Electricdrive technology is creeping in everywhere!

2013 Electric Vehicle & Plug-In Hybrid Predictions

If 2012 was the year of the choice of electric vehicles, EV, 2013 will be the choice of plug-in hybrids. What can we expect?

2013 should see more plug-in hybrids hitting the show floor and dealerships. Why? It’s the natural progression to a hybrid and most people by now understand they can squeeze more fuel efficiency out of one than a hybrid. Many Volt owners now race from charging points to another in order to not use gasoline. Talk about gasoline anxiety. Plug-in hybrids, PHEV is a perfect stepping stone before we get to full-electric vehicle, EV.

Cadillac Makes The Volt Look Sexy. For those of you who felt the prototype of the Volt was great and were left feeling blah at the final shape, the ELR is Cadillac’s take on what the Volt should look like. The ELR will sport a beefed up revised Voltec powertrain in order to deal with the extra “luxury” pounds. Will the ELR do well? It will most likely shore up the slow sales of the Volt but don’t look for all Cadillac buyers to flock there just yet.

Ford Fusion & C-MAX Energi. Ford will also introduce it’s first PHEV with both the C-MAX and Fusion. The Fusion and C-MAX have a lot going for it. Ford is on a Toyota hunt path and so far delivers two cars that cost less, do more and save more gasoline. Can’t goo too wrong with these two cars and we can be sure they will win further accolades.

Tesla Model X. Basically this is a Model S slightly raised into a crossover. What will be significant about the X is that it will take on Toyota’s RAV4 EV in terms of handling, styling and performance. Watch this to be next year’s car of the year award of some sort. Of course, the sell-directly-to-clients business model will work, see what it has done for Apple under the right circumstances.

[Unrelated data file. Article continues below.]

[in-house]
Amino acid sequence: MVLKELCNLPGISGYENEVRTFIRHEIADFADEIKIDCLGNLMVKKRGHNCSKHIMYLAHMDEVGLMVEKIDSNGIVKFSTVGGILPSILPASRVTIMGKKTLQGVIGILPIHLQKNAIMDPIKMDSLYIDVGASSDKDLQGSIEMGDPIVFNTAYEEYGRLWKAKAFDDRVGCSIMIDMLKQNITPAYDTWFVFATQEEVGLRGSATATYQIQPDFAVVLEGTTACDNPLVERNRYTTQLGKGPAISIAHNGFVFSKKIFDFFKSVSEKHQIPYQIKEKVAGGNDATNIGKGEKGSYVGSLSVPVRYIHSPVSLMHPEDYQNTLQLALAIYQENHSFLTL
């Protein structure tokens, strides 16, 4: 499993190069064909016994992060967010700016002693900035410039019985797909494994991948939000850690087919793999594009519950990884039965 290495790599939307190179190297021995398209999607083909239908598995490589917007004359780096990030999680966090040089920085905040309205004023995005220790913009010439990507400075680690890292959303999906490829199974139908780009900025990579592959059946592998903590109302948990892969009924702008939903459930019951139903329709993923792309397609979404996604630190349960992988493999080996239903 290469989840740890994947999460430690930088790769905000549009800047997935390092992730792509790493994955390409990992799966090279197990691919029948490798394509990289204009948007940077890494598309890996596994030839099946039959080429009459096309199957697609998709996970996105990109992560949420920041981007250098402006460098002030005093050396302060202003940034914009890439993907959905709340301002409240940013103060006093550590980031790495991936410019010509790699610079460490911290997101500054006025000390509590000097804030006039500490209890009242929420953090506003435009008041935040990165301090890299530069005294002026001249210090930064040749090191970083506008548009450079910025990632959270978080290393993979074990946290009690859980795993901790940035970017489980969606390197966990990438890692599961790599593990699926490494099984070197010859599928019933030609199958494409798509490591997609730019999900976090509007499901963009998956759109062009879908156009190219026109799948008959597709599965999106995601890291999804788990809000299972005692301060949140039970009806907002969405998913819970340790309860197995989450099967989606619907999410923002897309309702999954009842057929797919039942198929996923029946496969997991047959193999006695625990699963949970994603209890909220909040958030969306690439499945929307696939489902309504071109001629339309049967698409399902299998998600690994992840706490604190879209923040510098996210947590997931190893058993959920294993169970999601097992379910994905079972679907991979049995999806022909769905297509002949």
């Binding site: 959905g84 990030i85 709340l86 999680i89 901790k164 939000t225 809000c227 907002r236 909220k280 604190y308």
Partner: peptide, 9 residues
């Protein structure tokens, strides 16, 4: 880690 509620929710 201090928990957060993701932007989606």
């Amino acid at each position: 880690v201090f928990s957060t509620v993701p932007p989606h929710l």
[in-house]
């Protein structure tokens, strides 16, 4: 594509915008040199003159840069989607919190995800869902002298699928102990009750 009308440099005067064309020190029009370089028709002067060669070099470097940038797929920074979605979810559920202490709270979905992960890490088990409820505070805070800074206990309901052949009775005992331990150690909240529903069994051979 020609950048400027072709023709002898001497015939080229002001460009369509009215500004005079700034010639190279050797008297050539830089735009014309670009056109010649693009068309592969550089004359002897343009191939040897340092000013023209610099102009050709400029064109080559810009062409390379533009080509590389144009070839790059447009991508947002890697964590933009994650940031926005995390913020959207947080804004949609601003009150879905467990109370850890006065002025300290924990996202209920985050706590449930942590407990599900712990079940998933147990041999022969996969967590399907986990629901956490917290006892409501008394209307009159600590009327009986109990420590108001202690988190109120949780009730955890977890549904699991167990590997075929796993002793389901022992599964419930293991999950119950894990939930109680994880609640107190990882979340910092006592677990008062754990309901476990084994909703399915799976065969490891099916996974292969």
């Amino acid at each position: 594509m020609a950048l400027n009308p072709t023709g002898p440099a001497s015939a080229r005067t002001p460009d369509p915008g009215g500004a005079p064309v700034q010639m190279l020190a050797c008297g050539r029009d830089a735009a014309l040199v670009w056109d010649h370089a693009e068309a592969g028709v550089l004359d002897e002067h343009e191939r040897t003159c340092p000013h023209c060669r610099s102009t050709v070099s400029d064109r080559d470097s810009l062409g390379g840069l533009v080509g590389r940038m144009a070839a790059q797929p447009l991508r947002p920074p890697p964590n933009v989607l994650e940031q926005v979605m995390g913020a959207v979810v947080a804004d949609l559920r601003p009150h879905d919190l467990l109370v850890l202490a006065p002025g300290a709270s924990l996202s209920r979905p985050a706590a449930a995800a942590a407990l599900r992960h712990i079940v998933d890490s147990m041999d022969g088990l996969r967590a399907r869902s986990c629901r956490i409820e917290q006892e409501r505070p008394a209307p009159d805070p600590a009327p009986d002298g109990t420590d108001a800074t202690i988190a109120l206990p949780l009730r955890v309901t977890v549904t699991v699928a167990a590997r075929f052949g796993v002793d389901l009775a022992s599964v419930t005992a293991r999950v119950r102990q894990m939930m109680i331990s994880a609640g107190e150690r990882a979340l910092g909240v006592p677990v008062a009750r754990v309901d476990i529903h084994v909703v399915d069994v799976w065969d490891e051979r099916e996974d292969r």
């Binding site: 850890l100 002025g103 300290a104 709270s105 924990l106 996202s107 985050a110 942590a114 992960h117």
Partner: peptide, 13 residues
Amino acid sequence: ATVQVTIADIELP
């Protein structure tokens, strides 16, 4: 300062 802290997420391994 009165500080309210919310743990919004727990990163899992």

Honda Accord PHEV. Watch this car that come in discreetly and win over a horde of Honda faithful. In my initial test drive, the Accord PHEV felt like an upscale Acura, equally at ease on congested Los Angeles roads and highways. The seamless hybrid transfer will please many and the low fuel consumption will win accolades. This is the sleeper in the room and will set standards for your mass first generation PHEV.

Chevy Spark EV. Once you dig through the over-the-top, enthusiastic marketing from GM, you will see that the Spark EV is actually a good little car. No, it’s not revolutionary and GM doesn’t have much elbow room in this increasingly tough competitive new world of electric cars. The only it can do besides giving us those obvious second generation EV updates, such as 6.6 kWh on-board chargers and other connectivity features is to make sure it’s a fun car to drive.

BMW i8 & i3. Although BMW admits it isn’t sure which one will hit the dealership first, the all-electric i3 or the slurpaliscious PHEV performance oriented i8, either of these cars will leave something for the annals of history. This is BMW’s chance to differentiate itself once and for all from its Audi competition by giving potential buyers a fully thought EV/PHEV experience. Buy the i8 or i3, and why not both, sign up for the iDrive and you have a zippy city all electric car, a performance PHEV and other BMW cars if you need longer, more seats kind of drive.

Ferrari F150. No, this isn’t the illegitimate lovechild between the exotic carmaker and Ford but rather a leap jump into the future for Ferrari. The F150 is simply brilliant, borrows from their F1 KERS technology experience and manages to shove the amazing Italian symphonic 6.3L V12 with it, accomplishing a 40% fuel saving and overall improved performance. It might not mean much to you and me in terms of direct experience, but watch next year’s war of high-performance hybrid led by Ferrari and Porsche unleashed.